If the courthouse is closed and it is an emergency, you may contact the local hospital or law enforcement agency for assistance.
Commitments are confidential. Court staff will tell you when and where the commitment hearing is, but they are unable to tell you anything about the case. Even if you are the applicant, the clerk cannot give you information about the case.
If the application for commitment is adequate, the judge will set the matter for hearing. The hearing will be at least 48 hours after notice to the respondent, unless the respondent waives the time requirement. Before the hearing, the court may require a physician to examine the respondent.
At the hearing for a matter concerning serious mental impairment, the county attorney will present evidence in support of the contentions in the application. At a hearing concerning an allegation of substance-related disorder, the evidence may be presented by the county attorney, by the applicant, or by the applicant’s attorney.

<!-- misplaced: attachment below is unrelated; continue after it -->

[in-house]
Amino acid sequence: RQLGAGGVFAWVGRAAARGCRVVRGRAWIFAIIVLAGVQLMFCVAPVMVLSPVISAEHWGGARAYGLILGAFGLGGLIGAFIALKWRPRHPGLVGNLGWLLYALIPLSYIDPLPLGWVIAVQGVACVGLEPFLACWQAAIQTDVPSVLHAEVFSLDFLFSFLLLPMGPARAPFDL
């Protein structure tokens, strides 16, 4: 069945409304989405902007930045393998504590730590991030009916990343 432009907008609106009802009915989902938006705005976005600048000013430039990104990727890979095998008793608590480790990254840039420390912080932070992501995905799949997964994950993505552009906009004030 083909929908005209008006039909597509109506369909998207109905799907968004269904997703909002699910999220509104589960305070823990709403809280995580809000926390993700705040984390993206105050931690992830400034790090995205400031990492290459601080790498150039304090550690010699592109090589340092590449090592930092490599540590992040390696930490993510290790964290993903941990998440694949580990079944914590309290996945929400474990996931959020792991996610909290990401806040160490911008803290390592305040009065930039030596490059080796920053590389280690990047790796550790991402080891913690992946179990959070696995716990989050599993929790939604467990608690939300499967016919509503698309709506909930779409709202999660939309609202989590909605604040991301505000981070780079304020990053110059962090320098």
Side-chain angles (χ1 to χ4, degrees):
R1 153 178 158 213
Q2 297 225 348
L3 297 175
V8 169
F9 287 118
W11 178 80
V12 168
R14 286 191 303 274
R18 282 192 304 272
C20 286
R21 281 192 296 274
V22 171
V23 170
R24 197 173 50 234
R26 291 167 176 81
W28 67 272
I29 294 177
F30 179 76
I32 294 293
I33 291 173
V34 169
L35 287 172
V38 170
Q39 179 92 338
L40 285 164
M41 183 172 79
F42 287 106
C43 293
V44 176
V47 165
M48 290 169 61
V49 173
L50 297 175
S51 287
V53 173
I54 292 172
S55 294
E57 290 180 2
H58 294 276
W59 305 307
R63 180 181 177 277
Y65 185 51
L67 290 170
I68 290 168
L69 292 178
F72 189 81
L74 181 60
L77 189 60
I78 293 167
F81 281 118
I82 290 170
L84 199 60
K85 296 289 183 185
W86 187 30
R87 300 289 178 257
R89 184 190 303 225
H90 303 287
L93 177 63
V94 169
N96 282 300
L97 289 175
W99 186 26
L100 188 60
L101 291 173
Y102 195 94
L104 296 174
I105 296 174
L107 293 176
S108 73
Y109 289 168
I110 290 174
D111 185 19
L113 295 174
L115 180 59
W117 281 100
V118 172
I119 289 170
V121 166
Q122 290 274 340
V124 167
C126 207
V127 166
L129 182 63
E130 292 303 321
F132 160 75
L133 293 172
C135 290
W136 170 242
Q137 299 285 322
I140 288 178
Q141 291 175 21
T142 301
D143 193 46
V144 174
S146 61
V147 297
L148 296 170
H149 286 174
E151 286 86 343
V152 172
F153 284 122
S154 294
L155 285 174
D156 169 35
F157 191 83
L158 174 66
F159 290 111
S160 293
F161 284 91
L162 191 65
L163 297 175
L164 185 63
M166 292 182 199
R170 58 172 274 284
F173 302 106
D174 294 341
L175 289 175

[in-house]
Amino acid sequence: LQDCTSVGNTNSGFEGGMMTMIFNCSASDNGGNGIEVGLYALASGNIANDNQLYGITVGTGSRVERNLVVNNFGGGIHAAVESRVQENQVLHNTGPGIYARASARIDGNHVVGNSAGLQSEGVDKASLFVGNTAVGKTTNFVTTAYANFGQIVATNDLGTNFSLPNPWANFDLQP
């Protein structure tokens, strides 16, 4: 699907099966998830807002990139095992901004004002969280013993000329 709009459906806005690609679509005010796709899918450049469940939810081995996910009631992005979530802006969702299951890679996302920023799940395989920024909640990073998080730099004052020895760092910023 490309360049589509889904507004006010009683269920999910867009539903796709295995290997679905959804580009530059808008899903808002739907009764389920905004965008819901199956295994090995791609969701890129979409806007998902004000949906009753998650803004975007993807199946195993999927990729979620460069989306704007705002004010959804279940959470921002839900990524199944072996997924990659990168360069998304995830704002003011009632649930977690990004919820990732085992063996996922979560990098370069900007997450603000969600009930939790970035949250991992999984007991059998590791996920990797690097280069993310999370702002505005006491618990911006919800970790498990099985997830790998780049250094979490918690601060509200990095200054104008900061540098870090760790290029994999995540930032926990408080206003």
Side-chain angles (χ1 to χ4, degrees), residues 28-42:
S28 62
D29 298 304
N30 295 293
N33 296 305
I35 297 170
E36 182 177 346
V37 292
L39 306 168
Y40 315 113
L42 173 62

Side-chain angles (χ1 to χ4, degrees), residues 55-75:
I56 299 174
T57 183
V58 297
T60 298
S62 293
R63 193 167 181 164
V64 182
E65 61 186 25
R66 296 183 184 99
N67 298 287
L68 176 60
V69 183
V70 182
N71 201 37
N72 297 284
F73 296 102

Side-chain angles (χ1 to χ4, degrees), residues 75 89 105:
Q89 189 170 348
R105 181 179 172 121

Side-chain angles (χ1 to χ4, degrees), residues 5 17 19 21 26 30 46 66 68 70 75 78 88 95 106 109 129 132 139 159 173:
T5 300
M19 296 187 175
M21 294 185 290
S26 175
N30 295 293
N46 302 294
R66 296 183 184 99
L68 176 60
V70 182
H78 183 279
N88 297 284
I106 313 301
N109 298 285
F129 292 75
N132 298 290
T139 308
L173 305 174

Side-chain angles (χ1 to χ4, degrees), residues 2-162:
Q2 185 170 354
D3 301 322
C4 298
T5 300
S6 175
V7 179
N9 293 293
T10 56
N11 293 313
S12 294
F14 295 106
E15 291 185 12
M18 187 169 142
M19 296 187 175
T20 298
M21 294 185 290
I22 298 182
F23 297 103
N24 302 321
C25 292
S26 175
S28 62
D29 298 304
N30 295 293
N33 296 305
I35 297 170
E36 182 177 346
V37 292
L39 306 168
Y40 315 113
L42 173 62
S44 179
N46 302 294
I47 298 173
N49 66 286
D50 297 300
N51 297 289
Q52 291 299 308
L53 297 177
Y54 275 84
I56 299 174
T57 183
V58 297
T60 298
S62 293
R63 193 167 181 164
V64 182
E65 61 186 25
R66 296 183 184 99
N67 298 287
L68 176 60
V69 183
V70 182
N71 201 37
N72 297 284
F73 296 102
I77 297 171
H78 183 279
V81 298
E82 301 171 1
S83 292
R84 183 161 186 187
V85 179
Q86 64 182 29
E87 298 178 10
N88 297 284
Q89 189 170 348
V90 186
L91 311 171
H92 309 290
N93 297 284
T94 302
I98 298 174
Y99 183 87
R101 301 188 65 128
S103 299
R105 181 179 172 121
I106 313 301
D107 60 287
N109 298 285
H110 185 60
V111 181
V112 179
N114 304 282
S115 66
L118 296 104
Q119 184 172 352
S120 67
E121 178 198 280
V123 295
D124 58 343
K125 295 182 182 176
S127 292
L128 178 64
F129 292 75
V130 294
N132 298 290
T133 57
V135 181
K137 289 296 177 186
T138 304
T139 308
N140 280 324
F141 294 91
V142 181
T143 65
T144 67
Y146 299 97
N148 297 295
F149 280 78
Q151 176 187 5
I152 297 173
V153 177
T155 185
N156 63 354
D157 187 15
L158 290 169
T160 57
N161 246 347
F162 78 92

The applicant and the respondent will each be given an opportunity to testify and to present and cross-examine witnesses. Only persons necessary for the hearing will be allowed to attend. The proceedings are a civil matter, not criminal. The applicant will have the burden of proving the contents of the application for commitment.
There can be a number of reasons the respondent has not been picked up yet. Many times the sheriff is unable to locate the respondent. The applicant may want to contact the local sheriff. Also, there is often a shortage of hospital beds for involuntary commitments. Law enforcement may not pick up a respondent unless there is an available bed for treatment of mental health or substance-related disorders.
No. The person signing the application must be at least 18 years old.
Yes, the applicant may be from out of state.
Depending on the county, sometimes both the applicant and the person providing the corroborating affidavit or the licensed physician providing a written statement in support of the application are required to be at the hearing.
No. A commitment does not have to involve a family member. An application can be filed by two interested parties 18 years of age or older or a medical health care professional.
No. The applicant does not need to be related to the respondent to file an application for commitment. The applicant must have first hand knowledge of how the respondent is a danger to themselves or others.